(3) Reti,Richard - Capablanca,Jose Raul [A15]
New York New York (5), 22.03.1924

This game was played by the theorist of the then new Hypermodern School of Chess the Czech player Richard Reti and the great Cuban World Champion of the time Jose Capablanca. Reti formulated a strategy of playing a flank opening, and not a pawn advance in the center as white. Nimzowitsch was another that created the opening move b3 but here Reti formulated that the move Nf3, now called the Reti Opening after him, was the best way to start a game. It has many transpositional qualities and Reti was formidable with it.

1.Nf3 Nf6 2.c4 g6 3.b4 Bg7 4.Bb2 0-0 5.g3 b6
[5...Na6 6.Qb3 d5 7.cxd5 Qxd5 8.Qxd5 Nxd5 9.Bxg7 Kxg7 10.a3= with a tiny edge to Black.]

6.Bg2 Bb7 7.0-0 d6 8.d3 Nbd7 9.Nbd2 e5 10.Qc2
[10.Nxe5? Bxg2 11.Nxd7 Bxf1 12.Nxf6+ Bxf6 13.Bxf6 Qxf6 14.Kxf1-/+ ]

10...Re8! 11.Rfd1 a5 12.a3
[12.Nxe5? Bxg2 13.Nxd7 Qxd7 14.Kxg2 Rxe2 15.Re1 Qc6+ 16.Kg1 Qf3 17.Nxf3?! Rxc2 18.Bxf6 Bxf6 19.Rec1!-+ this is losing for White because of the weak a2 and b4 pawns and strong f6 Bishop.]

12...h6 13.Nf1
[13.Nxe5? Bxg2 14.Nxd7 Qxd7 15.Kxg2 Rxe2 16.Re1 Qc6+ 17.Kg1 Qf3 18.Nxf3 Rxc2 19.Reb1-/+ when White is a little passive.]

13...c5 14.b5
[14.Nxe5 Bxg2 15.Nxd7 Qxd7 16.Kxg2 now atlast the strategy of Nxe5 works but to little effect, ie the pawn won isnt worth much in such a closed position.]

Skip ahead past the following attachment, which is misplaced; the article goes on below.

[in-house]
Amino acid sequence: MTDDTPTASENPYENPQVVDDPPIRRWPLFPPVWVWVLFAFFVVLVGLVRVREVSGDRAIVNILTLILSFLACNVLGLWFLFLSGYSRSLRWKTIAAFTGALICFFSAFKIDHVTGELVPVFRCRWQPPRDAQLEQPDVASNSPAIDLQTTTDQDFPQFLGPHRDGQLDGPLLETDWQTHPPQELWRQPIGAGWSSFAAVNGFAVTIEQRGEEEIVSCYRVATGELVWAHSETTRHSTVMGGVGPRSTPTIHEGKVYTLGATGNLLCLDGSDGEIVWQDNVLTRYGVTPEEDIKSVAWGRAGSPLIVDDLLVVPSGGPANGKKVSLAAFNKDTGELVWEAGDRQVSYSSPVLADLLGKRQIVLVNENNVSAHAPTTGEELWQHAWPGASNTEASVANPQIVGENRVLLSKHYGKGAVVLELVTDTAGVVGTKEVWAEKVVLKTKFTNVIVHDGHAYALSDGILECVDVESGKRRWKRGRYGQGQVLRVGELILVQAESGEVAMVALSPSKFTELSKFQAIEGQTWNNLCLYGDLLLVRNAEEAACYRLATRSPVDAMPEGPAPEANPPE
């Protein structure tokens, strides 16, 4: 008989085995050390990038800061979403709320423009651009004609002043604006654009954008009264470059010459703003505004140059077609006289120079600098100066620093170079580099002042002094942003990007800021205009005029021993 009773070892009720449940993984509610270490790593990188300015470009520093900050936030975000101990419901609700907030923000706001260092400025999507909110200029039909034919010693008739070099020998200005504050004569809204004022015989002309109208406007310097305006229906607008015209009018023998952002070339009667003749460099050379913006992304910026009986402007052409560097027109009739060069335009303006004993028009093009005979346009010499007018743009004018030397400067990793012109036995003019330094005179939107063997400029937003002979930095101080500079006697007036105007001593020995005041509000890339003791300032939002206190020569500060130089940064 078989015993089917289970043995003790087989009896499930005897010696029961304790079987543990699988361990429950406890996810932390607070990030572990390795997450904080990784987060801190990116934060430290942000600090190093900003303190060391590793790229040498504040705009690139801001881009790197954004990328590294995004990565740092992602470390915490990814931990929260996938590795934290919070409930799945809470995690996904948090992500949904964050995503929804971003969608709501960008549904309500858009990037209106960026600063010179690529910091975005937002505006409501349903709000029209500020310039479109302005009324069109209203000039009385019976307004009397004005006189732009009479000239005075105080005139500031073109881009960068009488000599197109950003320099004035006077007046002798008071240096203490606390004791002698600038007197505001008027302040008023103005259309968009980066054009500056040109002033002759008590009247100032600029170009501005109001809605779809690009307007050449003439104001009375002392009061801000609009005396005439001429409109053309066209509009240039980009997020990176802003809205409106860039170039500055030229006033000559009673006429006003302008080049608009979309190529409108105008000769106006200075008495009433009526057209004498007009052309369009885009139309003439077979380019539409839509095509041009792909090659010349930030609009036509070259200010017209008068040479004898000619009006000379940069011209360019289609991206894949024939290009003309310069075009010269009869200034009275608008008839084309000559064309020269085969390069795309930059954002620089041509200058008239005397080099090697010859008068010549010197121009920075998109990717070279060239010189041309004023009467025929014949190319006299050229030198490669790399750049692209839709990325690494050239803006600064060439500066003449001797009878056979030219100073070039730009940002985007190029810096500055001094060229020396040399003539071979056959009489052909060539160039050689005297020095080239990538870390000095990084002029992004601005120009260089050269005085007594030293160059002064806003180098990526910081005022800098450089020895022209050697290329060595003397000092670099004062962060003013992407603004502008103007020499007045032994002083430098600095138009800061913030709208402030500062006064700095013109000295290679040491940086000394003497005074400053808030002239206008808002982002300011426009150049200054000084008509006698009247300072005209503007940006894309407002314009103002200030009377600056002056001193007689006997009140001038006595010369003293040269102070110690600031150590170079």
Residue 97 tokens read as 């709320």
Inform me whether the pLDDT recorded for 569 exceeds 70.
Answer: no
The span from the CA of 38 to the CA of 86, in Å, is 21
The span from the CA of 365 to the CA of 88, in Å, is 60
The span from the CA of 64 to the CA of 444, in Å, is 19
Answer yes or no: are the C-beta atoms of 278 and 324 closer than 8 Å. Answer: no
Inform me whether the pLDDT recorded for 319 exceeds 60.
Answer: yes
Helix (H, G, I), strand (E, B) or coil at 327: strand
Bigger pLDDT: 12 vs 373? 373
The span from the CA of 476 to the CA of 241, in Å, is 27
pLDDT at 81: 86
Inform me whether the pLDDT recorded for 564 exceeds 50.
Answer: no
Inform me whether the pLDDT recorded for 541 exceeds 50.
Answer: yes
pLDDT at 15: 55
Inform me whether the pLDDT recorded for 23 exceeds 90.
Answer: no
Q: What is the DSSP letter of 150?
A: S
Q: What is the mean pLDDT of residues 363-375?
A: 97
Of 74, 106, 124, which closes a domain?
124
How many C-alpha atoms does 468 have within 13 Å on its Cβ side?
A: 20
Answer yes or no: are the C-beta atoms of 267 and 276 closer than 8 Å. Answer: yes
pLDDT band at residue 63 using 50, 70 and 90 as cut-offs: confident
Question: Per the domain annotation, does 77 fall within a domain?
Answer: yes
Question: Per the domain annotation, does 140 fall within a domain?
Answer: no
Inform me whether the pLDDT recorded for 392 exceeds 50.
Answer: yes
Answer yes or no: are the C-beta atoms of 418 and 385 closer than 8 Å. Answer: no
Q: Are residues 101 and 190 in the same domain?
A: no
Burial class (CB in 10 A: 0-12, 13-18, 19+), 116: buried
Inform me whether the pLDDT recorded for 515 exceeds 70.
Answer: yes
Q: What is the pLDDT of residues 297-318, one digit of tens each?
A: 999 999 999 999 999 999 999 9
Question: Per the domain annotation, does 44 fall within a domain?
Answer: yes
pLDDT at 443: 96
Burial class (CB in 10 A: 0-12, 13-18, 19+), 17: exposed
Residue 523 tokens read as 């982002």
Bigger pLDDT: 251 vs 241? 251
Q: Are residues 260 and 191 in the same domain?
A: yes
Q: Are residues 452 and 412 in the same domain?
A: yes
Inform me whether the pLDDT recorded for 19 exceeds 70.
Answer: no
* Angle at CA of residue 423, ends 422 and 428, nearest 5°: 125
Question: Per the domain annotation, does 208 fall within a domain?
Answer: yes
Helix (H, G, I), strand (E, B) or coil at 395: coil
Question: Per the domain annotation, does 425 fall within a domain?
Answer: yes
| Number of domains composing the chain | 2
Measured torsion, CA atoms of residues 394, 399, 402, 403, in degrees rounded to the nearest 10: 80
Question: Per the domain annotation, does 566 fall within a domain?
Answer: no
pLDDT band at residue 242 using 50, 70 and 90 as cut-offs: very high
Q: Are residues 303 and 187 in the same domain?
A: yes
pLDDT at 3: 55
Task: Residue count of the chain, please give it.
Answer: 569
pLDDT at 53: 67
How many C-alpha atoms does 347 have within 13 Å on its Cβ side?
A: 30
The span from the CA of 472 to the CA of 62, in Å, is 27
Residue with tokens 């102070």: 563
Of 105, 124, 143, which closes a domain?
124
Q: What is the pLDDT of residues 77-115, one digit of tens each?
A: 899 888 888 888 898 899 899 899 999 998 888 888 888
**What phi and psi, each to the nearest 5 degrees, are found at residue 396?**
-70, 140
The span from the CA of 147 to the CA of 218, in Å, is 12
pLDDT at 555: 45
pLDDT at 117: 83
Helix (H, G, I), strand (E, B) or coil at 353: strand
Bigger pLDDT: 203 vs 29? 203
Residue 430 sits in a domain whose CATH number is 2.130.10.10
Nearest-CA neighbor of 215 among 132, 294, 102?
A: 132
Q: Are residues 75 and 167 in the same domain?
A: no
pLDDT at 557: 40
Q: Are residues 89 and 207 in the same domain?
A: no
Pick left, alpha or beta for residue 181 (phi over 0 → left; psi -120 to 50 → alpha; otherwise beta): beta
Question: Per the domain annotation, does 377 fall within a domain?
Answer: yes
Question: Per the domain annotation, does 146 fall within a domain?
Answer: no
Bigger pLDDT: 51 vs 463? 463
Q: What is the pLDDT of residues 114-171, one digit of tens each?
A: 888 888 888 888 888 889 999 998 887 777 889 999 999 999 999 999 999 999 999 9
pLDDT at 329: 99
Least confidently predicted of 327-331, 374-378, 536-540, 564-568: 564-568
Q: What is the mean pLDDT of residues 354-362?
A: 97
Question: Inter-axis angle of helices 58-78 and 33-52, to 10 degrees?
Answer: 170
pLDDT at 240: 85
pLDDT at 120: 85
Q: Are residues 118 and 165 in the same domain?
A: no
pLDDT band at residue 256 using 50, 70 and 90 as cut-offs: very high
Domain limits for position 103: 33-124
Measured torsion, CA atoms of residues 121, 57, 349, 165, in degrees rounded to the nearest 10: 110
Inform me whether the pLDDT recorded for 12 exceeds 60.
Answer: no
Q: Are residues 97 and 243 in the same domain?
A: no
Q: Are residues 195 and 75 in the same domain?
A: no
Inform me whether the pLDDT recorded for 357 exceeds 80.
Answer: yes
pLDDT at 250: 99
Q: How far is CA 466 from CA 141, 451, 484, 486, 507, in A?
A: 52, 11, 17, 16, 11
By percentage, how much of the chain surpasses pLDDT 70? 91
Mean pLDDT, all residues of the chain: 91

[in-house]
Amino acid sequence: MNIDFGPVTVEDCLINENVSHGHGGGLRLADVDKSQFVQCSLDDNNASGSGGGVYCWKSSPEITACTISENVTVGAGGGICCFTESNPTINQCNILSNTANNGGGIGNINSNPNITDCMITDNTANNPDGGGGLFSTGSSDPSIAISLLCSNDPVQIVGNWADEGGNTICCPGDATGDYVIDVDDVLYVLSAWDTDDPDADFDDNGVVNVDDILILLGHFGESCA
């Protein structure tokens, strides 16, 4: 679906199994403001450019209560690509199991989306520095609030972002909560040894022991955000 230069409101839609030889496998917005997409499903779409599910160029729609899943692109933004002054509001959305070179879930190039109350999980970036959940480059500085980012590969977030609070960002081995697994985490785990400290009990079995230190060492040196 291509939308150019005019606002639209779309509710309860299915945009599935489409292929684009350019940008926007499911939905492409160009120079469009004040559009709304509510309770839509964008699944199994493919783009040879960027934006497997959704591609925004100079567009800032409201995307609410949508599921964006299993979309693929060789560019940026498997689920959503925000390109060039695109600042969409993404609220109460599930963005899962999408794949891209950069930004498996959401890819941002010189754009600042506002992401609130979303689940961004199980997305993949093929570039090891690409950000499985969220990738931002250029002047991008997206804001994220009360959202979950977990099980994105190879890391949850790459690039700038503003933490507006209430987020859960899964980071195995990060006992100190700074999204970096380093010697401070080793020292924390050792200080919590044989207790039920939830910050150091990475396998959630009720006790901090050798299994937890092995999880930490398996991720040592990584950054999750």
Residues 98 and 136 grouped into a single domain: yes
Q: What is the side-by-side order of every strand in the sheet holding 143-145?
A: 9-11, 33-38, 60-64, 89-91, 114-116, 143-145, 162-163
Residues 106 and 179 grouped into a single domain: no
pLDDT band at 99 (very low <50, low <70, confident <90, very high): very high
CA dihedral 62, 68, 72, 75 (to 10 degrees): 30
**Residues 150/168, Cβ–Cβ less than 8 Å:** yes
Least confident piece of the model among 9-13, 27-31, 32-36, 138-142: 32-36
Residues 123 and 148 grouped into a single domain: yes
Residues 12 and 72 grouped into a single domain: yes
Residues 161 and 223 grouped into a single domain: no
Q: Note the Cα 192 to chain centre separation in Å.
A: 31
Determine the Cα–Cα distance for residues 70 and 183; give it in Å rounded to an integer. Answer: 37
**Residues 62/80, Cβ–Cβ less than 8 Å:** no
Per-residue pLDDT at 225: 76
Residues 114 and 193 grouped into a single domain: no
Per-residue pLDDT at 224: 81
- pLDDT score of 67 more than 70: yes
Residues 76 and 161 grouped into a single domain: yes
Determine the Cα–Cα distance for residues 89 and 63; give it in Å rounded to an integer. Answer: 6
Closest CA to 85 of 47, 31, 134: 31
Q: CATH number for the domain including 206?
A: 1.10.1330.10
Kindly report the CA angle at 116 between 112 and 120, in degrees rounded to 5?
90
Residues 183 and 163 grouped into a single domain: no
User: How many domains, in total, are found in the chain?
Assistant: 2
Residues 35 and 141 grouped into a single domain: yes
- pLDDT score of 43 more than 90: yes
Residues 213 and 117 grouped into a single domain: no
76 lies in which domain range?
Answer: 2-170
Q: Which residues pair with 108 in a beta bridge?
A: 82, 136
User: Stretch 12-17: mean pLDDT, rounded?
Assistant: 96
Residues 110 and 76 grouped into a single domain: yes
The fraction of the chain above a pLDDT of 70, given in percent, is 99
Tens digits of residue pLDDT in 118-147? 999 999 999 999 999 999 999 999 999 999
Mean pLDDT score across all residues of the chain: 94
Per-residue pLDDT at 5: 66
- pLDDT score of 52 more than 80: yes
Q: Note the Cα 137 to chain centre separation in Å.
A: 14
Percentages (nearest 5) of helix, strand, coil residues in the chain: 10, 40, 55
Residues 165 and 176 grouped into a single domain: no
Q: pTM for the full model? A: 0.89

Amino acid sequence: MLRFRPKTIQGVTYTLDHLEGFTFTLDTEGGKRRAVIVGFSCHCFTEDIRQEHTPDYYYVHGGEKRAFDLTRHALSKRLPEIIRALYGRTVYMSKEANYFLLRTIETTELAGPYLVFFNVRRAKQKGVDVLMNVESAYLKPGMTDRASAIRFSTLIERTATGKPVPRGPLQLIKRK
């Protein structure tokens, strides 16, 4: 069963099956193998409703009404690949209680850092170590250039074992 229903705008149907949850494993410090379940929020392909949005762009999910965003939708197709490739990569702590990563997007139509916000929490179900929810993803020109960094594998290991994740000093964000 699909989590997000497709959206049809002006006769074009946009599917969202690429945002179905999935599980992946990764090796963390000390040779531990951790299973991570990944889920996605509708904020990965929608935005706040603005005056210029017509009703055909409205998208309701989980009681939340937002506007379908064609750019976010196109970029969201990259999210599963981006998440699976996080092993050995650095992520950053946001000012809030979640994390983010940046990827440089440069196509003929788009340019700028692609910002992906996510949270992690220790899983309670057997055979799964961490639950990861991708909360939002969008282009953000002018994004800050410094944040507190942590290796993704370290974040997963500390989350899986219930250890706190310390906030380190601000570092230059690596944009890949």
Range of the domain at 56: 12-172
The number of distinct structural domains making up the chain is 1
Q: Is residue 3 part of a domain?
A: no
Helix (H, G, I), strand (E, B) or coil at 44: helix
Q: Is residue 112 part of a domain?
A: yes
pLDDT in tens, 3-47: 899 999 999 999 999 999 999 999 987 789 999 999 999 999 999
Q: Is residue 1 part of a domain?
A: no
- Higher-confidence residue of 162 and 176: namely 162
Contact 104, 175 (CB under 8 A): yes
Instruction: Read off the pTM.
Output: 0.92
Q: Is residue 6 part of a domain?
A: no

14...Nf8 15.e3 Qc7 16.d4?! Be4?!
[16...e4!! the pawn is defendable on e4. 17.N3d2 Qe7 18.d5 Bc8 19.Nb1 N8h7 20.h4 Ng4 21.Nc3 Nhf6 22.Nd2 Bf5=/+ ]

17.Qc3?
[17.Qe2 ]

17...exd4 18.exd4 N6d7?+/=
[18...Ne6-/+ the natural move is missed-it is known that Jose was ill during the New York Tournament and this maybe why he played the last move.]

19.Qd2 cxd4 20.Bxd4 Qxc4 21.Bxg7 Kxg7 22.Qb2+!
the move Jose overlooked probably on his eighteenth move.

22...Kg8 23.Rxd6 Qc5?!
[23...Qc7 This may look passive but it is the only effective way to equality for Black. 24.Rad1 Rad8 25.Qd4 Bb7 26.Qf4 Bxf3 27.Qxf3 Ne5 28.Qf6 Rxd6 29.Qxd6 Qxd6 30.Rxd6 Re6 31.Rd8 Kg7+/= ]

24.Rad1 Ra7 25.Ne3! Qh5??
Rc7 was better when White has to work for his advantage- here the Black Queen is in danger of getting trapped.

26.Nd4 Bxg2 27.Kxg2 Qe5
[27...Rxe3? 28.fxe3 Qxd1?? 29.Nf5+- the Knight uncovers an attack to the Black Queen by the Rook on d6 and both threatens mate on g7 by the White Queen, thus Black would have lost his Queen.]

28.Nc4!? Qc5 29.Nc6 Rc7 30.Ne3 Ne5?? 31.R1d5
and the Queen is trapped, after 31...Nc4 comes 32.Rxc5 Nxb2 33.Rc2 Na4 34.Nd5 when Nf6+ forking King and Rook on e8 and Nxc7 are both threatened so it wins. Jose resigned, Richard never seriously challenged for the World title but Nf3 (The Reti Opening) passed into chess folklore. 1-0